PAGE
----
23rd Sunday Ordinary time, September 9, 2018

Isaiah 35:4-7a; Psalm  146; James 2: 1-5; Mark 7: 24-31

When kids go back to school, they tell their friends and classmates about their summer vacation. When adults return to work after a summer vacation, they tell their co-workers about where they went and what they did.  It may sound a little odd at first, but our Gospel reading today tells about Jesus’ “summer vacation”.

Jesus started his ministry by teaching the people at the local synagogue, and he healed a sick man there. The people were amazed!  Soon everyone was talking about Jesus, and all the people in the city gathered around the house where he was staying.  So many people came to see him and hear him that he had to go out in the countryside to have enough room.

All this was good. But some of the religious leaders from Jerusalem became jealous because Jesus had become famous.  They wanted to be in charge, they wanted to be in power.  So they started charging Jesus and his followers with sins – they didn’t want Jesus to heal the sick on the Sabbath, they even said that Jesus was evil, a terrible lie.  But Jesus kept on teaching and healing and even raised a little girl who had died back to life.  He was so busy that he and the apostles had no time even to eat!  People followed him, and when he walked from one village to another, a new crowd was waiting for him. People recognized him, where ever he went   He was working non-Stop!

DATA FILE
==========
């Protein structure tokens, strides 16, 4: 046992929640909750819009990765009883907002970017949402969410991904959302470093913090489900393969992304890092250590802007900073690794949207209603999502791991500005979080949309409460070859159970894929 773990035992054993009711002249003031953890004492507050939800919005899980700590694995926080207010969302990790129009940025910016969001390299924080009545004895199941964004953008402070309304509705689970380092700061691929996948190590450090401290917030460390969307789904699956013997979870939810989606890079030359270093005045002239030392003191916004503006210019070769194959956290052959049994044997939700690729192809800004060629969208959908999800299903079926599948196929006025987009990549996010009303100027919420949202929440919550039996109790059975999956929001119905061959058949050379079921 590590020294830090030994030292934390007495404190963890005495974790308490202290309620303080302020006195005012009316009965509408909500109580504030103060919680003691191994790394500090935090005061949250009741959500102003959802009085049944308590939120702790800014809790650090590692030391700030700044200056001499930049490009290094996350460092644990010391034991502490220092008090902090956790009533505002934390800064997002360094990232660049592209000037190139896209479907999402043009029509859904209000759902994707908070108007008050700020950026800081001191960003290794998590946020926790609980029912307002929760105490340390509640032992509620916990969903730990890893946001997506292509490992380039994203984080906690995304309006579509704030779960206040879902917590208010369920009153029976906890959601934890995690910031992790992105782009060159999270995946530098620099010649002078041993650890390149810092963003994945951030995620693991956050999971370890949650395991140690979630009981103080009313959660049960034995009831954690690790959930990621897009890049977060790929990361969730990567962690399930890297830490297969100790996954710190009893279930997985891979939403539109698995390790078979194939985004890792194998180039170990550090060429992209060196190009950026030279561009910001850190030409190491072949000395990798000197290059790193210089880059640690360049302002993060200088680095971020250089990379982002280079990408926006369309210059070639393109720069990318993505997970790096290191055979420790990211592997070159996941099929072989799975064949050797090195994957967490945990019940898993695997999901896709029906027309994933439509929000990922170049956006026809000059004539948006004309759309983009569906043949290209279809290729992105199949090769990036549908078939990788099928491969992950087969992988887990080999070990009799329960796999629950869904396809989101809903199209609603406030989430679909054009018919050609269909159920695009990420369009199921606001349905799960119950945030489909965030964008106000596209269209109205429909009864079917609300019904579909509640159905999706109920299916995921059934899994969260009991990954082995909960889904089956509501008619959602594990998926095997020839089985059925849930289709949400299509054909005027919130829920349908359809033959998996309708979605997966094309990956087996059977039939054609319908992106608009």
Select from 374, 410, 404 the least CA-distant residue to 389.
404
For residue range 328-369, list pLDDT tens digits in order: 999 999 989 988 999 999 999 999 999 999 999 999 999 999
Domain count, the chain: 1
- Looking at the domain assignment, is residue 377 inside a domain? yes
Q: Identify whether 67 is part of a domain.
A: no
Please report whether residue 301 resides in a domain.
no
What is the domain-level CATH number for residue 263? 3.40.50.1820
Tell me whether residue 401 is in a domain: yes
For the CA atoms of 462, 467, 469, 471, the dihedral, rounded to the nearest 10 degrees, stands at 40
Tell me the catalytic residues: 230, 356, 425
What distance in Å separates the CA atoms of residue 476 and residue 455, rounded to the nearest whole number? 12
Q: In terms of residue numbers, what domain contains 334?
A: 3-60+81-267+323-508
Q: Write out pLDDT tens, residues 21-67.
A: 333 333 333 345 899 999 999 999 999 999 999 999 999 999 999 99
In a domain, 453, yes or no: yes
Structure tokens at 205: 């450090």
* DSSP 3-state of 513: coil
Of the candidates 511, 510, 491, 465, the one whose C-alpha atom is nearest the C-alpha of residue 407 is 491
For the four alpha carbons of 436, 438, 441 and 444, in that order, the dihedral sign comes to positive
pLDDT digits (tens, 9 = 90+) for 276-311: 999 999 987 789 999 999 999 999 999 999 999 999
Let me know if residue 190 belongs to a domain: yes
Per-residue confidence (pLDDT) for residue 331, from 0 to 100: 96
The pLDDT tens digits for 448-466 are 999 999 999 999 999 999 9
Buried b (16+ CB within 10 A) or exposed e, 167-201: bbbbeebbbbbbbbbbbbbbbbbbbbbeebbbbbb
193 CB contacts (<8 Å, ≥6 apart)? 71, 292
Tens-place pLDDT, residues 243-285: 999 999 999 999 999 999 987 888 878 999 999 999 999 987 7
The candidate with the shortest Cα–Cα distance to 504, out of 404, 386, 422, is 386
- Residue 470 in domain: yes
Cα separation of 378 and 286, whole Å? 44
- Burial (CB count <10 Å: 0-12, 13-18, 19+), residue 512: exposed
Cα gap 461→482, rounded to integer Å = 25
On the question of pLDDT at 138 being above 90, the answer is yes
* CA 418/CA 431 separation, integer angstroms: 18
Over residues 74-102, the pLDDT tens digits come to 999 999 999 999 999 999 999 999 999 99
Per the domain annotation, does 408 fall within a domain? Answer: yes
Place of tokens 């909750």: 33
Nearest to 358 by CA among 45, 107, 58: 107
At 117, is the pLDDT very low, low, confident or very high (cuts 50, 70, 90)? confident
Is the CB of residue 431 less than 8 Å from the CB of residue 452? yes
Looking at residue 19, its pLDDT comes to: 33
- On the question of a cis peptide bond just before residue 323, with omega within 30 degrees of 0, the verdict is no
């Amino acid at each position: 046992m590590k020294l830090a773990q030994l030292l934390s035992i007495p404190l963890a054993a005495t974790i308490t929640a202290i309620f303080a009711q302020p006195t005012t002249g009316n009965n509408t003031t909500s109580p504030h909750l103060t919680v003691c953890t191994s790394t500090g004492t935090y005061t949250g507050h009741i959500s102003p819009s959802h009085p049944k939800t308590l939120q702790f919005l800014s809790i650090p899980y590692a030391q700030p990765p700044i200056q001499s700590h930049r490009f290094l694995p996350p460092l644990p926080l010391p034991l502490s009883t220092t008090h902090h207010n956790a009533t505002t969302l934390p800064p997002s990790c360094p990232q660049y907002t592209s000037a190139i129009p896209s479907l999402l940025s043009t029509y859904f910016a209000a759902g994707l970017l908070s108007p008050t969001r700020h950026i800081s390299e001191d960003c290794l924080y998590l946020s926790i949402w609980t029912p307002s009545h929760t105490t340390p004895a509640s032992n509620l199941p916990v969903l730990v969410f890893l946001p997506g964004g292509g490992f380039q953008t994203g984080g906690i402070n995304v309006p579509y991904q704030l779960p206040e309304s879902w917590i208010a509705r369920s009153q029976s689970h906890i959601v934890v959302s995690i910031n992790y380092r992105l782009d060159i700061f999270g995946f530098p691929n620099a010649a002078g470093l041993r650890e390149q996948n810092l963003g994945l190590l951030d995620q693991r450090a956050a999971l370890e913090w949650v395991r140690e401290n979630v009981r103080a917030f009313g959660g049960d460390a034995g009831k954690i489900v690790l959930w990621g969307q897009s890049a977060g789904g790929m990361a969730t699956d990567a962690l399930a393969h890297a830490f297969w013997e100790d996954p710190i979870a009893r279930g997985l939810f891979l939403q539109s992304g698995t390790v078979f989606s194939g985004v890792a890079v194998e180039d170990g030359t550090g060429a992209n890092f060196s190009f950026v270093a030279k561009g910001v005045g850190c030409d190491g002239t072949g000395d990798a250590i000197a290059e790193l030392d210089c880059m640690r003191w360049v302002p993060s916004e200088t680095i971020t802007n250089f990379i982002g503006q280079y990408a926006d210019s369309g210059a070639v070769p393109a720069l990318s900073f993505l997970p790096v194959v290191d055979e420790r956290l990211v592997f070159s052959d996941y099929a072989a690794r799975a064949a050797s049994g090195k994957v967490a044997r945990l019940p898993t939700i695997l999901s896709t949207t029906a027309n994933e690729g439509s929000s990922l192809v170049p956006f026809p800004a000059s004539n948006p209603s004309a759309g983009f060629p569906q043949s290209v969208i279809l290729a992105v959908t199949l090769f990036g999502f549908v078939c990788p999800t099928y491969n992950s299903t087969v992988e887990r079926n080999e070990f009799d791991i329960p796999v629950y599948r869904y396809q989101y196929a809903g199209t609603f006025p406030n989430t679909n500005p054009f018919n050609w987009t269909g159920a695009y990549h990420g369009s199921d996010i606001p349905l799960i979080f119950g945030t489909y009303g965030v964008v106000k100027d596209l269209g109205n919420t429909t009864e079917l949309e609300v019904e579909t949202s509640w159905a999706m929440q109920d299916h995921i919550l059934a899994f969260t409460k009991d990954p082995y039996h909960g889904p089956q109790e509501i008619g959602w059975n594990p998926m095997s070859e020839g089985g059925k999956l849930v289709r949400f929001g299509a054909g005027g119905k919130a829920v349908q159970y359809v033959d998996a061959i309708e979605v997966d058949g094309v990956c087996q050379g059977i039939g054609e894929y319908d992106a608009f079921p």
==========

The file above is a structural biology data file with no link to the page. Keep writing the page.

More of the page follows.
Then Pharisees came to criticize him again for not washing his hands according to tradition. Jesus told them that what we eat or some dirt on our hands isn’t evil, but the evil we do comes from within us.  It comes from what we think about and our failure to love God with all our hearts. The Pharisees were really angry with him, wanting to end his teaching & healing permanently.